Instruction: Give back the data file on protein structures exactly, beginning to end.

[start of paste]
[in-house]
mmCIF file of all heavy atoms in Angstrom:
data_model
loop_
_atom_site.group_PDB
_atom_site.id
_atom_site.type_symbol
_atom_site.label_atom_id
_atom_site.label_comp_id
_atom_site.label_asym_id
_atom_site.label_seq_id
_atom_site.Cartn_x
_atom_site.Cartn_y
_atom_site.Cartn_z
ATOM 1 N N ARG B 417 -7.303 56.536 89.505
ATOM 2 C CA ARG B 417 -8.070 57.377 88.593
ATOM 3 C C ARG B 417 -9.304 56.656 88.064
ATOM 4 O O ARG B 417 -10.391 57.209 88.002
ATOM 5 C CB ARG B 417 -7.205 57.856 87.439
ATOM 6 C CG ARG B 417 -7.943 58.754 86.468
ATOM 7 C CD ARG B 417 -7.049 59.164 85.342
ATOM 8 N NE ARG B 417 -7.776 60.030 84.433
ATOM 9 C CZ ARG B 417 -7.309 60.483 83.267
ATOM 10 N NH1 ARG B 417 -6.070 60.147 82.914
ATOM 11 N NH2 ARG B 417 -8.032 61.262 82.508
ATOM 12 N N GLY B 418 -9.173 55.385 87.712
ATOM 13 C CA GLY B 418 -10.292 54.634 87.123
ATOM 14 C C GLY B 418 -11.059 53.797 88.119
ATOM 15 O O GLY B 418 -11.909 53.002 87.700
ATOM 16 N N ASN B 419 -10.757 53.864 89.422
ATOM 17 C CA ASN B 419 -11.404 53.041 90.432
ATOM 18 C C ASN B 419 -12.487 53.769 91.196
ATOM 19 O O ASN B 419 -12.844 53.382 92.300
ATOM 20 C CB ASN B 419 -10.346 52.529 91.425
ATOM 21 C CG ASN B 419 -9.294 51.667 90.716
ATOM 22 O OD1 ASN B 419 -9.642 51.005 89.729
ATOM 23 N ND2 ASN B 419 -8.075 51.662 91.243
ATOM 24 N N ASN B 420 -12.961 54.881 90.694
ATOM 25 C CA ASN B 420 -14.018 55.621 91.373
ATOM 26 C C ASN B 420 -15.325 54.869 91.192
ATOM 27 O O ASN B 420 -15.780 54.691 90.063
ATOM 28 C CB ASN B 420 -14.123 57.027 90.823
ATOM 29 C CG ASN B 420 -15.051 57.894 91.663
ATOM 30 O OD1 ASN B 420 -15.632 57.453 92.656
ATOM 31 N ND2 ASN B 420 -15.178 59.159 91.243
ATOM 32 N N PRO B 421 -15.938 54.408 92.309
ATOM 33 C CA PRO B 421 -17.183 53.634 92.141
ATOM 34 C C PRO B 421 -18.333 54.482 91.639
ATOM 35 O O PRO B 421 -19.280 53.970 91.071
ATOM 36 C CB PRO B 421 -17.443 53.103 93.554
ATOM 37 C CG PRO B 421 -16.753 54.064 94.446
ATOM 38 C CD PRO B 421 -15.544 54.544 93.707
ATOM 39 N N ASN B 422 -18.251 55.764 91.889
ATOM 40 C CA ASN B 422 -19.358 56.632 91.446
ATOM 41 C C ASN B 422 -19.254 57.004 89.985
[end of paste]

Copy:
[in-house]
mmCIF file of all heavy atoms in Angstrom:
data_model
loop_
_atom_site.group_PDB
_atom_site.id
_atom_site.type_symbol
_atom_site.label_atom_id
_atom_site.label_comp_id
_atom_site.label_asym_id
_atom_site.label_seq_id
_atom_site.Cartn_x
_atom_site.Cartn_y
_atom_site.Cartn_z
ATOM 1 N N ARG B 417 -7.303 56.536 89.505
ATOM 2 C CA ARG B 417 -8.070 57.377 88.593
ATOM 3 C C ARG B 417 -9.304 56.656 88.064
ATOM 4 O O ARG B 417 -10.391 57.209 88.002
ATOM 5 C CB ARG B 417 -7.205 57.856 87.439
ATOM 6 C CG ARG B 417 -7.943 58.754 86.468
ATOM 7 C CD ARG B 417 -7.049 59.164 85.342
ATOM 8 N NE ARG B 417 -7.776 60.030 84.433
ATOM 9 C CZ ARG B 417 -7.309 60.483 83.267
ATOM 10 N NH1 ARG B 417 -6.070 60.147 82.914
ATOM 11 N NH2 ARG B 417 -8.032 61.262 82.508
ATOM 12 N N GLY B 418 -9.173 55.385 87.712
ATOM 13 C CA GLY B 418 -10.292 54.634 87.123
ATOM 14 C C GLY B 418 -11.059 53.797 88.119
ATOM 15 O O GLY B 418 -11.909 53.002 87.700
ATOM 16 N N ASN B 419 -10.757 53.864 89.422
ATOM 17 C CA ASN B 419 -11.404 53.041 90.432
ATOM 18 C C ASN B 419 -12.487 53.769 91.196
ATOM 19 O O ASN B 419 -12.844 53.382 92.300
ATOM 20 C CB ASN B 419 -10.346 52.529 91.425
ATOM 21 C CG ASN B 419 -9.294 51.667 90.716
ATOM 22 O OD1 ASN B 419 -9.642 51.005 89.729
ATOM 23 N ND2 ASN B 419 -8.075 51.662 91.243
ATOM 24 N N ASN B 420 -12.961 54.881 90.694
ATOM 25 C CA ASN B 420 -14.018 55.621 91.373
ATOM 26 C C ASN B 420 -15.325 54.869 91.192
ATOM 27 O O ASN B 420 -15.780 54.691 90.063
ATOM 28 C CB ASN B 420 -14.123 57.027 90.823
ATOM 29 C CG ASN B 420 -15.051 57.894 91.663
ATOM 30 O OD1 ASN B 420 -15.632 57.453 92.656
ATOM 31 N ND2 ASN B 420 -15.178 59.159 91.243
ATOM 32 N N PRO B 421 -15.938 54.408 92.309
ATOM 33 C CA PRO B 421 -17.183 53.634 92.141
ATOM 34 C C PRO B 421 -18.333 54.482 91.639
ATOM 35 O O PRO B 421 -19.280 53.970 91.071
ATOM 36 C CB PRO B 421 -17.443 53.103 93.554
ATOM 37 C CG PRO B 421 -16.753 54.064 94.446
ATOM 38 C CD PRO B 421 -15.544 54.544 93.707
ATOM 39 N N ASN B 422 -18.251 55.764 91.889
ATOM 40 C CA ASN B 422 -19.358 56.632 91.446
ATOM 41 C C ASN B 422 -19.254 57.004 89.985